Is it impossible to get a mortgage?

I have been renting for a couple of years after selling our last house. We have kept in contact with our bank over the last 18 months with regards to mortgage amounts etc and the mortgage offered remained the same up until now yet our personal or financial situations have not changed. Although we have an investment property, with a modest mortgage, which monthly repayments are covered by the rent and have a good history over the last 7 years on the mortgage and have a sizeable deposit in place they have reduced our mortgage sum from the previously agreed amount and require a “contract of the sale” on the rental property in order to give us the mortgage. While I explained this property was being paid for by rent and has been for some time they just won’t take it into consideration. I find this very annoying, we are carrying no personal debt and have had 2 previous mortgages cleared on previous houses yet they are not willing to do anything. Is this the case with all banks at present or I am dealing with the one that doesnt want to give out mortgages at present?

Probably the latter.

Would EBS be the culprit by any chance?

no its AIB

I’d say it’s to do with affordability. AIB only lend up till age 65 I discovered, whereas BOI and others lend up to age 70. So if you are an older borrower, the repayment terms are shorter, so the monthly repayments will be larger and affordability gets harder then. If you have kids then that reduces affordability even less. I am seeking approval with AIB currently and they are doubtful if we can be approved for the same as BOI because of the age thing.
From their point of view, if you lost the tenants from the investment property, could you still meet your monthly repayments and pass the stress test of interest rates rising?

I recently got approval from boi. They calculated my total mortgage exposure and were willing to give me a mortgage despite having an investment in negative equity.

The did not include my rental income as income.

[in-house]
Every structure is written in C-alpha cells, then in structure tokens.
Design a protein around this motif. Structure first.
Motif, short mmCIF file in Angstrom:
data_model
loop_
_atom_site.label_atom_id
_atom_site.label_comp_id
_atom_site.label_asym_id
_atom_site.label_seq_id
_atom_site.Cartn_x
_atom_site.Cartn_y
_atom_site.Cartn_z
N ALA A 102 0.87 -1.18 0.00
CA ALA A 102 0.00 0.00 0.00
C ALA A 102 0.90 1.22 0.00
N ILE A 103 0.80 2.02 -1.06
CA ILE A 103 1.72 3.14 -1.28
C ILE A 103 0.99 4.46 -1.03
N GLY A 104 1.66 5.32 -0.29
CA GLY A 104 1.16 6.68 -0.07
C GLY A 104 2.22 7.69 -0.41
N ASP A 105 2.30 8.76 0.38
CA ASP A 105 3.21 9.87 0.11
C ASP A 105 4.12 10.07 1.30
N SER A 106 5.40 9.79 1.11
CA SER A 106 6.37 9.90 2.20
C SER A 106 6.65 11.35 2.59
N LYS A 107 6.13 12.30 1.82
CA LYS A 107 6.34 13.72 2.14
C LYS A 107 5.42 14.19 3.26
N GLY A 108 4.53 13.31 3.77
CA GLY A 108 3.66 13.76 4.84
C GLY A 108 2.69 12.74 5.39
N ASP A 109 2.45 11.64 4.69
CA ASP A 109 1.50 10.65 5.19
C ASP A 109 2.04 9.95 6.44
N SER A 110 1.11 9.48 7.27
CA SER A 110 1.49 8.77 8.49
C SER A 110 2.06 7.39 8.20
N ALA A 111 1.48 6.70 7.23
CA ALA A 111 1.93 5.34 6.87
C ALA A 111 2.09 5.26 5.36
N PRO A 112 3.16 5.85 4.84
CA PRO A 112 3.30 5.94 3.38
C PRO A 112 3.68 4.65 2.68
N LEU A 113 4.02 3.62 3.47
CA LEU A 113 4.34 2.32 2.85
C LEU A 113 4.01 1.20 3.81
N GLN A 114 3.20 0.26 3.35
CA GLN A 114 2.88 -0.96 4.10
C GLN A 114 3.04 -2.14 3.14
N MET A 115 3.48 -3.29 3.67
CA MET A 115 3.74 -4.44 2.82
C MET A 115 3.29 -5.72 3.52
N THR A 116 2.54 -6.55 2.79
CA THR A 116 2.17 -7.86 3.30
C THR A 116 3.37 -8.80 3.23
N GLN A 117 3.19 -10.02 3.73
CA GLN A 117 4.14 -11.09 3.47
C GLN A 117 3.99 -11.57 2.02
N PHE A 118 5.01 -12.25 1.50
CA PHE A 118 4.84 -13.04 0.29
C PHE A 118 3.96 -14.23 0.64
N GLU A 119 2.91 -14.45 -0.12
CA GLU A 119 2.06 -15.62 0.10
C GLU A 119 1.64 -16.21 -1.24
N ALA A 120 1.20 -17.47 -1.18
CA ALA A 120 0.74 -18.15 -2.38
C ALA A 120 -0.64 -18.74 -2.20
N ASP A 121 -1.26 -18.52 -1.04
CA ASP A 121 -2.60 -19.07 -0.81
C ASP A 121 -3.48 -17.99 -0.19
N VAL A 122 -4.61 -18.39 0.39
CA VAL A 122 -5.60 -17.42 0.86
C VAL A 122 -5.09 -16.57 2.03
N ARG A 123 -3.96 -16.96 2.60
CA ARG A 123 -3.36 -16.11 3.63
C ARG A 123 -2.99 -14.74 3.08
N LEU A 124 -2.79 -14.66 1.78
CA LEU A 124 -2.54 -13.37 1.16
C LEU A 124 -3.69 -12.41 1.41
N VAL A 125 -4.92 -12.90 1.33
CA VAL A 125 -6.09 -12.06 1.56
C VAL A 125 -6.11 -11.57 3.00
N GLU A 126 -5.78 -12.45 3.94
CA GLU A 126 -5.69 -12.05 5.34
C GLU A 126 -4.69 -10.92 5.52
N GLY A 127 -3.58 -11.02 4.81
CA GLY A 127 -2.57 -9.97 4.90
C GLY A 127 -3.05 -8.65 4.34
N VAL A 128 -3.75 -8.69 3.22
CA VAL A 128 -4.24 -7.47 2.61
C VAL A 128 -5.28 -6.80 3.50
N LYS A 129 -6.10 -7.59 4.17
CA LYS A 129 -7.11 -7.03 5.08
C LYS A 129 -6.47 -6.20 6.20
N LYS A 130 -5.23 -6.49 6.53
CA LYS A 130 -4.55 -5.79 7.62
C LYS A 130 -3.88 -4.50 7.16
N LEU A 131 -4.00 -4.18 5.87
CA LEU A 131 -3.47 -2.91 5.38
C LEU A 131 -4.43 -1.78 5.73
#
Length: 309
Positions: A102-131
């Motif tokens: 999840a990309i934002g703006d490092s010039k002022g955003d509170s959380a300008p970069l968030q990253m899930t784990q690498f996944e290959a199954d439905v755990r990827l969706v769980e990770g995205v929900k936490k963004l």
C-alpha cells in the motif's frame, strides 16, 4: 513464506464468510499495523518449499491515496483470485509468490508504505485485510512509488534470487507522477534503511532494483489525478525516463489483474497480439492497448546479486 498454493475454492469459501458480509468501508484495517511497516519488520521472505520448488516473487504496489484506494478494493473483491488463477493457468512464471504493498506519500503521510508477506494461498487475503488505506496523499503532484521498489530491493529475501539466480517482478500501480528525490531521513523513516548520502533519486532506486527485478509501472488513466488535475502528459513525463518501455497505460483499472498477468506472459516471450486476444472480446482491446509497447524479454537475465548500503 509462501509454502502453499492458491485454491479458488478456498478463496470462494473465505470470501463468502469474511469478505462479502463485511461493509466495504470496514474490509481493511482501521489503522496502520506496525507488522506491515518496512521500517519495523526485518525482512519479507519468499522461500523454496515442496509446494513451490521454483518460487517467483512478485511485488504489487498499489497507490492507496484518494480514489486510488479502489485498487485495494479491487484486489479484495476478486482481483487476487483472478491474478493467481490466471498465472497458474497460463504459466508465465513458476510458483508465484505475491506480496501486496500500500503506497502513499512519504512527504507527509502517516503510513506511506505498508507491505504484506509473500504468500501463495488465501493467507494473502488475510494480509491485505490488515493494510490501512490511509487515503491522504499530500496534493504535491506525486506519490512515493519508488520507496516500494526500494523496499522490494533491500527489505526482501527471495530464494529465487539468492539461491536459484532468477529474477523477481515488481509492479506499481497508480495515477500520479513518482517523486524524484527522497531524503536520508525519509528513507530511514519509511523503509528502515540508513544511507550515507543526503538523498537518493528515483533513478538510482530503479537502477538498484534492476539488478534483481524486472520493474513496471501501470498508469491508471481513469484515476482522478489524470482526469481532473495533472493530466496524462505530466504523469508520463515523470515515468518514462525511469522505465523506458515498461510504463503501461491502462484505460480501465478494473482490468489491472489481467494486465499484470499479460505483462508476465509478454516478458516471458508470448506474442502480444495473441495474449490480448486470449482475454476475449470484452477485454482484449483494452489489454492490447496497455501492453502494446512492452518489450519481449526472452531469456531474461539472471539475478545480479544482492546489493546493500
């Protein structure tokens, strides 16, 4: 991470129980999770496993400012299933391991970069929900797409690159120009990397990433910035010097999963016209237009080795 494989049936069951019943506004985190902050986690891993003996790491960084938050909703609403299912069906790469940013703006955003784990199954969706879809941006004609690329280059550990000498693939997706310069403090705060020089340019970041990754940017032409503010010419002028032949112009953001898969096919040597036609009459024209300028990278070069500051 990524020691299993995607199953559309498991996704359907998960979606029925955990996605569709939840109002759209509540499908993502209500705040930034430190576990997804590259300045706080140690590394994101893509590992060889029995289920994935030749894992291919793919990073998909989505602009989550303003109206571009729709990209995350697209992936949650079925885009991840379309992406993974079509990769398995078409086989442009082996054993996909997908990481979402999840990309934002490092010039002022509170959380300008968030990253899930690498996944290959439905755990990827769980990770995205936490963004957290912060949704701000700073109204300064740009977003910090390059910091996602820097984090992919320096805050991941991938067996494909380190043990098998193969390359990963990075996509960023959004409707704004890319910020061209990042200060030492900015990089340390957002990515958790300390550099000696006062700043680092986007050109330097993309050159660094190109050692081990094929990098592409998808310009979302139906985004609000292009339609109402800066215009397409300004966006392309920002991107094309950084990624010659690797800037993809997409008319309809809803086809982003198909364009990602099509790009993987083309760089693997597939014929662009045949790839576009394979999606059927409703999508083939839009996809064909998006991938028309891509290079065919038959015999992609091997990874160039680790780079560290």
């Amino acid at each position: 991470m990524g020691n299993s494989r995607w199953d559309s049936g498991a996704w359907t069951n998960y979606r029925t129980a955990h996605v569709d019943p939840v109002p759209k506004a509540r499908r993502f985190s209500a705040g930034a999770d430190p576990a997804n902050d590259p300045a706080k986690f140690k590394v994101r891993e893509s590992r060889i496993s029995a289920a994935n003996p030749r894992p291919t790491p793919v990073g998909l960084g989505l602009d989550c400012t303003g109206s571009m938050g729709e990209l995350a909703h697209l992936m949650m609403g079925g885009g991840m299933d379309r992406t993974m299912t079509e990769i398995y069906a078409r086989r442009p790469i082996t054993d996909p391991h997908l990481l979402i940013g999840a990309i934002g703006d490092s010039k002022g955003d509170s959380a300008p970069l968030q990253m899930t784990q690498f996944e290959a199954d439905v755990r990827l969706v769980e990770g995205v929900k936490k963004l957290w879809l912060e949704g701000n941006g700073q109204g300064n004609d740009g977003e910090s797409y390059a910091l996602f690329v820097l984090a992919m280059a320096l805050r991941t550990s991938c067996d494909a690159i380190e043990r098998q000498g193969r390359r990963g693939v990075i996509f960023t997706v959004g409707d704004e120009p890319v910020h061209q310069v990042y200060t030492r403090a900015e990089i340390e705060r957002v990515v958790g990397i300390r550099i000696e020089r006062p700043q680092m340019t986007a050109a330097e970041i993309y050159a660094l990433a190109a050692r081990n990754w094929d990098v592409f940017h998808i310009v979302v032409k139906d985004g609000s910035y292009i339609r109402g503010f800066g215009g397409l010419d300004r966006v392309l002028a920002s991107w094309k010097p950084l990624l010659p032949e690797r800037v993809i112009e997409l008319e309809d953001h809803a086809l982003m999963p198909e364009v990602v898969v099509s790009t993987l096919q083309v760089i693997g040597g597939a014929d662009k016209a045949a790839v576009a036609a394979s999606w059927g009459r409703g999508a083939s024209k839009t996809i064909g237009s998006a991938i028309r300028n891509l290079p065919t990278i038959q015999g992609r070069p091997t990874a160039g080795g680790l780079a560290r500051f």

neither of us have reached 40, few years away though!, so don’t think that would affect it, but yes have 3 kids. Will try boi, tried them about year ago and the amount offered was low, but hopefully that has changed. want to get a mortgage offer soon so we can buy!

If they take the investment mortgage into account and none of the rental income into account I seriously doubt I will get far with them!

I think the banks will lend 2.5 to 3 times income just like they historically have, and probably above that in the right circumstances (good savings record, good ltv, no other property to worry about etc.0

Basically, it appears to me that it is back to traditional lending criteria.

Anyone know how children/dependants impact the calculation of a mortgage value? Is there a set monthly cost value per child a bank assign when looking at a mortgage application?

So you already have a mortgage and now you want a second one? That’s just being greedy!

I’m always fascinated by these threads about the difficulty of getting a mortgage. We’re in the middle of a credit crunch, our banks are completely broke, mortgage lending is extremely loss-making for banks, and property prices are dropping fast. If banks were doing their job properly, nobody would get a mortgage at current mortgage rates. All the evidence I have seen is that getting a mortgage is nothing like difficult enough, and that the banks are going to lose a whole lot of money on the mortgages they are giving out at the moment.